And the trouble is, too many people in positions of decision-making authority abdicate their responsibility. They choose to be gatekeepers instead of curators. Instead of judging a person or idea or trend on its merits and putting themselves in the happy position of sharing something new and exciting with their audience, they just conduct a credentials check. Show me your papers!

How many Twitter followers and Facebook friends and blog subscribers do you have? Who else has published your stuff? Where have you been booked?

So that's what the gatekeepers look at, and that's why we constantly see and hear the same tired things from the same kind of people (old men with mustaches) over and over and over again.

I am busting my butt to break out of this. Bit by bit, with every speech (just booked my fifth one yesterday), every article (another being published any day now), every interview (just got a nice nibble from a national radio program). And someday it will all pay off. I know it will. And then the people who had the opportunity to get in on the ground floor will be left kicking themselves for their lack of foresight.

These are the same people who lament that they did not buy Apple stock when it was $10 a share. But will they change their behavior? Will they exercise a bias for the fresh and new versus the tried and true? Will they take a risk? Let go of their fear? Dare to do something different?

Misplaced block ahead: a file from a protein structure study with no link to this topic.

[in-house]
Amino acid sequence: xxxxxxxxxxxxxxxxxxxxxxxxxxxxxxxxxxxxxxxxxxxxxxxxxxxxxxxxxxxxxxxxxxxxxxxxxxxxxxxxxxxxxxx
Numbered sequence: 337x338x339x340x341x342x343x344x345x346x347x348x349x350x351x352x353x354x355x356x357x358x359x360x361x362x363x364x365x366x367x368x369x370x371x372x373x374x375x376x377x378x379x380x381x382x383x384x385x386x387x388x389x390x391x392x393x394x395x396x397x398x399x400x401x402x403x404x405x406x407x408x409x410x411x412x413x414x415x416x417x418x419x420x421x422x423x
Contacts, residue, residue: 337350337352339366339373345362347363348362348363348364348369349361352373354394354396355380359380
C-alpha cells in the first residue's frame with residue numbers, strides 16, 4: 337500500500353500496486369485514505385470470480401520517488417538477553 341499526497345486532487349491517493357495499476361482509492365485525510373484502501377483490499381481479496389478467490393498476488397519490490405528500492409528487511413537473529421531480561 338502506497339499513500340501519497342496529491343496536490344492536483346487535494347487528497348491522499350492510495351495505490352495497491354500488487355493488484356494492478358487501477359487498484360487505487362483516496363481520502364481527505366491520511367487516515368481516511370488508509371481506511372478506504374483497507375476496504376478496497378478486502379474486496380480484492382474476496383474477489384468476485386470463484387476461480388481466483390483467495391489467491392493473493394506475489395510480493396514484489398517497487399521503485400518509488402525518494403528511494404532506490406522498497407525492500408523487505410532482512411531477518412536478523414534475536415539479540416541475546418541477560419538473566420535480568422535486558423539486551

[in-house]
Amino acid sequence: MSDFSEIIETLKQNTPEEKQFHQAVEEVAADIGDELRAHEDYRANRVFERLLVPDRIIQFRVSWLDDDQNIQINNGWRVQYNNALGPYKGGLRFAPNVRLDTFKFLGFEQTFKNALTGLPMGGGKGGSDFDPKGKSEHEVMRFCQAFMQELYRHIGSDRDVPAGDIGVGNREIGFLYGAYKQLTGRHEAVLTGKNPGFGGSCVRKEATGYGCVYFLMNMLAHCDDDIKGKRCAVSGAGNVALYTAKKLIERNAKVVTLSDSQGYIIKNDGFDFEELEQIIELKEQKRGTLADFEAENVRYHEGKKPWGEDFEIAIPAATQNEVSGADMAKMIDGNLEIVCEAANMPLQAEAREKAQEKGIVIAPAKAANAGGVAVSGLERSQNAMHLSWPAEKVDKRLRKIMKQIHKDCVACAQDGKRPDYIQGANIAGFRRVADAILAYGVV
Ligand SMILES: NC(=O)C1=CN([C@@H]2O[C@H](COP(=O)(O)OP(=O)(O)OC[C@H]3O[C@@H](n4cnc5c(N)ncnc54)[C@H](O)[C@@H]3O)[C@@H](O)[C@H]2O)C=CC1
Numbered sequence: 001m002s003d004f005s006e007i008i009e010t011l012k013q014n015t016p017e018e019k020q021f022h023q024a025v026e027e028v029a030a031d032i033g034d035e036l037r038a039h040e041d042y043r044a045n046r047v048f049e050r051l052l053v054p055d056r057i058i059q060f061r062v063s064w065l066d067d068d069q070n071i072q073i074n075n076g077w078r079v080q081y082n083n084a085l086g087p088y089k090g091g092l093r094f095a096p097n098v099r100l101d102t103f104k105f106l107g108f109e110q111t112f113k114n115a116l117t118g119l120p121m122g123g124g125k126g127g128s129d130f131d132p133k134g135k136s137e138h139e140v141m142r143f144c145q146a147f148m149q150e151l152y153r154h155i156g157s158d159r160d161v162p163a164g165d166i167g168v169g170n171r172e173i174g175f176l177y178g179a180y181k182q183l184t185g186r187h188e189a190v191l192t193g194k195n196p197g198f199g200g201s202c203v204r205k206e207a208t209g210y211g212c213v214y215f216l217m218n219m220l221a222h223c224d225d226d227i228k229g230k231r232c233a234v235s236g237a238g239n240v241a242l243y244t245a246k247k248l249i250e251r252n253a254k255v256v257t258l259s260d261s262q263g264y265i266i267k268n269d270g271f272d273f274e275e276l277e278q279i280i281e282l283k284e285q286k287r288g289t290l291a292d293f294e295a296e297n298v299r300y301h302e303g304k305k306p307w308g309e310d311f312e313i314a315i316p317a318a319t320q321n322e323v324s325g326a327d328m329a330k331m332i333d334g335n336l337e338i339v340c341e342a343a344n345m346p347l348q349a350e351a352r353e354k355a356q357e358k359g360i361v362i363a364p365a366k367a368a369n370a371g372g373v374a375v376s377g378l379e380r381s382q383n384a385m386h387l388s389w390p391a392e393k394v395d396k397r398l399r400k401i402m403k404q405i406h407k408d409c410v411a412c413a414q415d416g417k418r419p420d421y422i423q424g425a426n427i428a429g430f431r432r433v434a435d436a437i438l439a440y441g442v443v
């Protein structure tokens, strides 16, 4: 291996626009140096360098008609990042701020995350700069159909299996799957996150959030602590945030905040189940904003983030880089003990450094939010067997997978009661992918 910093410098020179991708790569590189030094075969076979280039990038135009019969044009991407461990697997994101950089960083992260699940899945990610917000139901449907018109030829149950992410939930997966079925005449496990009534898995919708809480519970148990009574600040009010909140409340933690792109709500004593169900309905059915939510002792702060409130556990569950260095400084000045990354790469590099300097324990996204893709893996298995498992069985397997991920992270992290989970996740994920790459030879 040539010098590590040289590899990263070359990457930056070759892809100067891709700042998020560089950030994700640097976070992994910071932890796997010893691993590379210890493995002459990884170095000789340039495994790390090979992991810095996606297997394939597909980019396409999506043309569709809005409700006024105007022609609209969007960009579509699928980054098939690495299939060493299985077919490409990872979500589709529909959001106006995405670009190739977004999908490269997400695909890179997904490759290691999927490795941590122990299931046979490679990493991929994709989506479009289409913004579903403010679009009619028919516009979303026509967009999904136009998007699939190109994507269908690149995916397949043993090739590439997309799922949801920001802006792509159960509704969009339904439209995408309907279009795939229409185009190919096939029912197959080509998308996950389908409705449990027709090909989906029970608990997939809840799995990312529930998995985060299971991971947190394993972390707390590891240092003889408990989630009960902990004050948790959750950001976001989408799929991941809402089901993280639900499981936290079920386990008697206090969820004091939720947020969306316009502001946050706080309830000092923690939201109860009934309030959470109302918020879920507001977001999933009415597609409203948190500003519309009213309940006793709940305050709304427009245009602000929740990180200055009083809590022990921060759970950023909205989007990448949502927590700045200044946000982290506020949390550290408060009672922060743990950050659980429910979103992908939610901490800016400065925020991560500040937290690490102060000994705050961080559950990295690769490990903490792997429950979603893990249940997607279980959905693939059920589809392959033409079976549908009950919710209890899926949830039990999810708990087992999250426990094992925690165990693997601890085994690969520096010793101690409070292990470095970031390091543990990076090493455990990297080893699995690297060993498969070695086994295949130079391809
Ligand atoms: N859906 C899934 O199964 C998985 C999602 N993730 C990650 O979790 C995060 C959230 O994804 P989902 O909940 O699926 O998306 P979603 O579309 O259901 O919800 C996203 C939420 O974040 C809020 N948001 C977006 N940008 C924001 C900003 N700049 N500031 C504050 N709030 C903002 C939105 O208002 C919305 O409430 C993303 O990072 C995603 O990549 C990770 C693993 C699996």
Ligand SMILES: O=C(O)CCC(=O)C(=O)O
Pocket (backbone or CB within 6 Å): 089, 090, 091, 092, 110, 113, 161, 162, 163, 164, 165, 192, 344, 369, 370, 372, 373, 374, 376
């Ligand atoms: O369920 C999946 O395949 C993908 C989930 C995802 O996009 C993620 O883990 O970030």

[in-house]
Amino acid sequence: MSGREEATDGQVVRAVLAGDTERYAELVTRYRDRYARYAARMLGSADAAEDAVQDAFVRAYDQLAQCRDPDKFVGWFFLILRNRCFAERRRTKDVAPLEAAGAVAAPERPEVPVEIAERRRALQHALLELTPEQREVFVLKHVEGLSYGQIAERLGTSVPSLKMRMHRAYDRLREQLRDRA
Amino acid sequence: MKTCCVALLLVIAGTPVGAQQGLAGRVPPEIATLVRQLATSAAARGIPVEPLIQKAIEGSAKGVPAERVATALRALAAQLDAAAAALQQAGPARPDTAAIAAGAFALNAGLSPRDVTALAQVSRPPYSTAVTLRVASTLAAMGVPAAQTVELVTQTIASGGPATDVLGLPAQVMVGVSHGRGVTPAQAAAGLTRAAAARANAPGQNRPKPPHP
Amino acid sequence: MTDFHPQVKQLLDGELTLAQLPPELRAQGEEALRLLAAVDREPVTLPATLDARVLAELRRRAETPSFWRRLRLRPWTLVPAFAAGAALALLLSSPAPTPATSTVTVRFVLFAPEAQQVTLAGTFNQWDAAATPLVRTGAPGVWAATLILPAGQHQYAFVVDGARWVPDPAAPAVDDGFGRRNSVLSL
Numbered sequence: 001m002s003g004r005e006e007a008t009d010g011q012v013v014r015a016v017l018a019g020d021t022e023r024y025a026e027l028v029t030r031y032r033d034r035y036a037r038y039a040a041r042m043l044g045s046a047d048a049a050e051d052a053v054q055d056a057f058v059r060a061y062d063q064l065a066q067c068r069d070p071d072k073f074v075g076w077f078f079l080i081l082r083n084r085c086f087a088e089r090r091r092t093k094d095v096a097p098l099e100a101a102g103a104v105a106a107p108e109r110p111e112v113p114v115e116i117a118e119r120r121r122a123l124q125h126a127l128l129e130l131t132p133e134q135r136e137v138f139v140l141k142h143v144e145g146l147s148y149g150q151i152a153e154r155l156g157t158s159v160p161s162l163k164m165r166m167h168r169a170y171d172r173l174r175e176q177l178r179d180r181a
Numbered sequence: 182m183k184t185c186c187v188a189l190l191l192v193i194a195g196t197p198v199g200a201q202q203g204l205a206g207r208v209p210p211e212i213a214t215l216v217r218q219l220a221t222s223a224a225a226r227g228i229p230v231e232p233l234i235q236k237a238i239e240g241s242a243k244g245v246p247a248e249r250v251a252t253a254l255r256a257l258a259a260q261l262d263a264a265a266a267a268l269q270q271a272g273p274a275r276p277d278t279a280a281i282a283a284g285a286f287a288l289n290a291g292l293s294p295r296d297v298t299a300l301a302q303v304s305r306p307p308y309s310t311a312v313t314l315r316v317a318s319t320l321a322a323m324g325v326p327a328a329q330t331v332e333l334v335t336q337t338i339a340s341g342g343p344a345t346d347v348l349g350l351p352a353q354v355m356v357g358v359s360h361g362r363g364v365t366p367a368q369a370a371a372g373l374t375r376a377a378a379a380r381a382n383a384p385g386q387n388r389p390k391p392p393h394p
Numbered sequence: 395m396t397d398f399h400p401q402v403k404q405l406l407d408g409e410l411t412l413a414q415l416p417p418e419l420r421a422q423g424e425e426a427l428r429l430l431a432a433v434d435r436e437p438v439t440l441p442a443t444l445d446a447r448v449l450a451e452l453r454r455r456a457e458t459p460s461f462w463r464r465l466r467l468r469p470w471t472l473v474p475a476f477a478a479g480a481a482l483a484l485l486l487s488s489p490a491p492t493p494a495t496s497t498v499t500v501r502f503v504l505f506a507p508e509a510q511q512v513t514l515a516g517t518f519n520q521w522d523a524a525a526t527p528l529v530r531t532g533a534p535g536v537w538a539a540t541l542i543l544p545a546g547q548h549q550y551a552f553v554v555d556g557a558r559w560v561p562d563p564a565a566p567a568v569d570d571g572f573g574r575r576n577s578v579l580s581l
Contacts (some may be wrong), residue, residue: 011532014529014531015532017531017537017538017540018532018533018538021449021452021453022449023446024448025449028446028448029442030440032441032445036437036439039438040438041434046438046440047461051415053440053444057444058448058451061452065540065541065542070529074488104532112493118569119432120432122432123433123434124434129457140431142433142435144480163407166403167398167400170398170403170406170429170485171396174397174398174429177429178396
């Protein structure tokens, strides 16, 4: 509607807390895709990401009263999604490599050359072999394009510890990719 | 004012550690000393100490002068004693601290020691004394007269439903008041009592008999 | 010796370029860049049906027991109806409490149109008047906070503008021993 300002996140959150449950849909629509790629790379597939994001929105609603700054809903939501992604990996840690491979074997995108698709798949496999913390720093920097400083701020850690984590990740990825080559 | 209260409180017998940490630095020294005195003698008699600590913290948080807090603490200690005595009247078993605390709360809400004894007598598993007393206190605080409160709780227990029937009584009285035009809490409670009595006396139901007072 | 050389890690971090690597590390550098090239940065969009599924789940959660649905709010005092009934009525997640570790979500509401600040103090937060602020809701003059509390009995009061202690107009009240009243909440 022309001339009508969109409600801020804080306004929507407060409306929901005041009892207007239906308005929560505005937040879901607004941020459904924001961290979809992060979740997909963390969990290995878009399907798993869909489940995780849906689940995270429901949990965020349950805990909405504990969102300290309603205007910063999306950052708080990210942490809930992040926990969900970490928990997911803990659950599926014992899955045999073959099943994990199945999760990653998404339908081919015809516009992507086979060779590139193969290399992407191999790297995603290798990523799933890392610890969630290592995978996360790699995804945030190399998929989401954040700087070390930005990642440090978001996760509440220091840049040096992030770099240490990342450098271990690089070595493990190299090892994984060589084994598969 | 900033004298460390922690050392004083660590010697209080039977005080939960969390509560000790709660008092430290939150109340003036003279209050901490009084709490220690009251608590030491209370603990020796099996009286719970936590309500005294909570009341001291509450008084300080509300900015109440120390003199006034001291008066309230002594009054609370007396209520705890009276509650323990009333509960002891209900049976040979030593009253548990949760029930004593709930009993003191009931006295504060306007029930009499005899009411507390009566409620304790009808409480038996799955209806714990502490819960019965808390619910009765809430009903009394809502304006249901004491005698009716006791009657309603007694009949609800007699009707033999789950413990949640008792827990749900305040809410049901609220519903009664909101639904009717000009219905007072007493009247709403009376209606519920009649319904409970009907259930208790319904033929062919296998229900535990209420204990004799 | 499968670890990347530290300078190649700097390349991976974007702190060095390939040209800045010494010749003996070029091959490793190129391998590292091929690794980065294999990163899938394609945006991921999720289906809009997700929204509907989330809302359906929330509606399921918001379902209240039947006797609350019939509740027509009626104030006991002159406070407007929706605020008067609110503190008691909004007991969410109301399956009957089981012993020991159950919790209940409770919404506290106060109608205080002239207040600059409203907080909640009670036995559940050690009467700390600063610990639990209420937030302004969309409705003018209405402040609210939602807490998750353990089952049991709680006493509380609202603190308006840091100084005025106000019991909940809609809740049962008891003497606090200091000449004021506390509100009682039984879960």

Probably not.

Friday, November 04, 2011


This has been sticking in my craw for some time now and, as usual, few people seem to share my level of interest/outrage in the subject.

A Facebook friend turned me on to an old Guns N' Roses song by the name of Used to Love Her, which is a fun little country-themed piece of mostly harmless misogyny:

So I downloaded it and the more I listened, the more I thought it sounded familiar. And it also occurred to me that I could actually figure out the chords by ear, which is not my strong suit. It's a very simple D-A-G.

Then when I confirmed that online, I realized why it sounded so familiar. It's the same chords as one of the dozen or so songs I know how to play -- Dead Flowers, a country-infused song by the Rolling Stones:

I mean, GNR adds an extra A in the verse -- D-A-G-A -- while Dead Flowers goes back to D after the D-A-G. And they have a different melody, or whatever it's called.